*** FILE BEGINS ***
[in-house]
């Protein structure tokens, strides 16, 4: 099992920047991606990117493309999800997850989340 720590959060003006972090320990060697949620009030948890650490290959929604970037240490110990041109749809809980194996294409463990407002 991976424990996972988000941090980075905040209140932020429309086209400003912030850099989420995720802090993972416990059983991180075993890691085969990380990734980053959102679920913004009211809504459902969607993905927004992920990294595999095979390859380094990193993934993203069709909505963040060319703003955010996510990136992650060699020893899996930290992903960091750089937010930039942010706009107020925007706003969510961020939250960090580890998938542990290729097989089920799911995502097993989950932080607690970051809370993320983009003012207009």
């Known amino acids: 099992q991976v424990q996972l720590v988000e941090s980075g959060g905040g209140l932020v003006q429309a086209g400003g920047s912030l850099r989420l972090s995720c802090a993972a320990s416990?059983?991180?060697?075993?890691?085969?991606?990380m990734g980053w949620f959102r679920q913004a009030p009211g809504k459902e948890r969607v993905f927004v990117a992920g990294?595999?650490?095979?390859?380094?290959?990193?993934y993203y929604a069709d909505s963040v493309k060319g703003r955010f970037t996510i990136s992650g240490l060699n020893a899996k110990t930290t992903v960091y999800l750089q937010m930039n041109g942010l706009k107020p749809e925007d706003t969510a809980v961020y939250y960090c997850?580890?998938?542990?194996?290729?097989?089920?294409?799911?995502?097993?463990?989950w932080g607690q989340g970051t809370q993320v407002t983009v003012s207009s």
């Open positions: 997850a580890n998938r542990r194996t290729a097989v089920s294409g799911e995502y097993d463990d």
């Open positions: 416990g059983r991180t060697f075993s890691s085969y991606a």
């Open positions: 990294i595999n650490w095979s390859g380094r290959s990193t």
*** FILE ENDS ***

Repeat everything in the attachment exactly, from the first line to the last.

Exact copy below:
[in-house]
């Protein structure tokens, strides 16, 4: 099992920047991606990117493309999800997850989340 720590959060003006972090320990060697949620009030948890650490290959929604970037240490110990041109749809809980194996294409463990407002 991976424990996972988000941090980075905040209140932020429309086209400003912030850099989420995720802090993972416990059983991180075993890691085969990380990734980053959102679920913004009211809504459902969607993905927004992920990294595999095979390859380094990193993934993203069709909505963040060319703003955010996510990136992650060699020893899996930290992903960091750089937010930039942010706009107020925007706003969510961020939250960090580890998938542990290729097989089920799911995502097993989950932080607690970051809370993320983009003012207009």
């Known amino acids: 099992q991976v424990q996972l720590v988000e941090s980075g959060g905040g209140l932020v003006q429309a086209g400003g920047s912030l850099r989420l972090s995720c802090a993972a320990s416990?059983?991180?060697?075993?890691?085969?991606?990380m990734g980053w949620f959102r679920q913004a009030p009211g809504k459902e948890r969607v993905f927004v990117a992920g990294?595999?650490?095979?390859?380094?290959?990193?993934y993203y929604a069709d909505s963040v493309k060319g703003r955010f970037t996510i990136s992650g240490l060699n020893a899996k110990t930290t992903v960091y999800l750089q937010m930039n041109g942010l706009k107020p749809e925007d706003t969510a809980v961020y939250y960090c997850?580890?998938?542990?194996?290729?097989?089920?294409?799911?995502?097993?463990?989950w932080g607690q989340g970051t809370q993320v407002t983009v003012s207009s």
């Open positions: 997850a580890n998938r542990r194996t290729a097989v089920s294409g799911e995502y097993d463990d």
């Open positions: 416990g059983r991180t060697f075993s890691s085969y991606a």
């Open positions: 990294i595999n650490w095979s390859g380094r290959s990193t």